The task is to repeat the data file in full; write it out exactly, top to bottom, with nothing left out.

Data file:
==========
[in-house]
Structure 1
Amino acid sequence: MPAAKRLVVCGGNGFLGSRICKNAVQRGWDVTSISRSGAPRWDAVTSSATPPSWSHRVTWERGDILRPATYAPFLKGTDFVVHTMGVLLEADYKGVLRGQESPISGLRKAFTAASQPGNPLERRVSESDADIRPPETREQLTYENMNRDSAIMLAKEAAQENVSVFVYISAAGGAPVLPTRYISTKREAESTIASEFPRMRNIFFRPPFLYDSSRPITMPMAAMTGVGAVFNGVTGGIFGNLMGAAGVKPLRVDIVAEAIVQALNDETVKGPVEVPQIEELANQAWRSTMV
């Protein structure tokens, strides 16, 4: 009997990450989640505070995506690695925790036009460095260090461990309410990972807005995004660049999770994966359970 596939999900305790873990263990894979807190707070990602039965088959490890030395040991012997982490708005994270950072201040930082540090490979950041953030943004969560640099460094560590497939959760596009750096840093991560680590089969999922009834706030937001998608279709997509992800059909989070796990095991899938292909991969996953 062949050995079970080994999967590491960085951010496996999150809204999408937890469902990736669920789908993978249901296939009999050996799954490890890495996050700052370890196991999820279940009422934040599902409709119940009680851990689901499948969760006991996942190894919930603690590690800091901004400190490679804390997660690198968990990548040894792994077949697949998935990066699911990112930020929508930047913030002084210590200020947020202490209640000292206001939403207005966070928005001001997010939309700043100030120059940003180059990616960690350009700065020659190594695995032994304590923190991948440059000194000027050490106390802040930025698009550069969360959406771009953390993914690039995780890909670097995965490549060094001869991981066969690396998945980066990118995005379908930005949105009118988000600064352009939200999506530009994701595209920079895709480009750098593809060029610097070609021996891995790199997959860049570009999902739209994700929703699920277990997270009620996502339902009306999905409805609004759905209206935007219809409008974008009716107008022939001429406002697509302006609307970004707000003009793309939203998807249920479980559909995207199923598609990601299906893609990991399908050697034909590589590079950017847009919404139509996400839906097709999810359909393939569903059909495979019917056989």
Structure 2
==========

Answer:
[in-house]
Structure 1
Amino acid sequence: MPAAKRLVVCGGNGFLGSRICKNAVQRGWDVTSISRSGAPRWDAVTSSATPPSWSHRVTWERGDILRPATYAPFLKGTDFVVHTMGVLLEADYKGVLRGQESPISGLRKAFTAASQPGNPLERRVSESDADIRPPETREQLTYENMNRDSAIMLAKEAAQENVSVFVYISAAGGAPVLPTRYISTKREAESTIASEFPRMRNIFFRPPFLYDSSRPITMPMAAMTGVGAVFNGVTGGIFGNLMGAAGVKPLRVDIVAEAIVQALNDETVKGPVEVPQIEELANQAWRSTMV
């Protein structure tokens, strides 16, 4: 009997990450989640505070995506690695925790036009460095260090461990309410990972807005995004660049999770994966359970 596939999900305790873990263990894979807190707070990602039965088959490890030395040991012997982490708005994270950072201040930082540090490979950041953030943004969560640099460094560590497939959760596009750096840093991560680590089969999922009834706030937001998608279709997509992800059909989070796990095991899938292909991969996953 062949050995079970080994999967590491960085951010496996999150809204999408937890469902990736669920789908993978249901296939009999050996799954490890890495996050700052370890196991999820279940009422934040599902409709119940009680851990689901499948969760006991996942190894919930603690590690800091901004400190490679804390997660690198968990990548040894792994077949697949998935990066699911990112930020929508930047913030002084210590200020947020202490209640000292206001939403207005966070928005001001997010939309700043100030120059940003180059990616960690350009700065020659190594695995032994304590923190991948440059000194000027050490106390802040930025698009550069969360959406771009953390993914690039995780890909670097995965490549060094001869991981066969690396998945980066990118995005379908930005949105009118988000600064352009939200999506530009994701595209920079895709480009750098593809060029610097070609021996891995790199997959860049570009999902739209994700929703699920277990997270009620996502339902009306999905409805609004759905209206935007219809409008974008009716107008022939001429406002697509302006609307970004707000003009793309939203998807249920479980559909995207199923598609990601299906893609990991399908050697034909590589590079950017847009919404139509996400839906097709999810359909393939569903059909495979019917056989």
Structure 2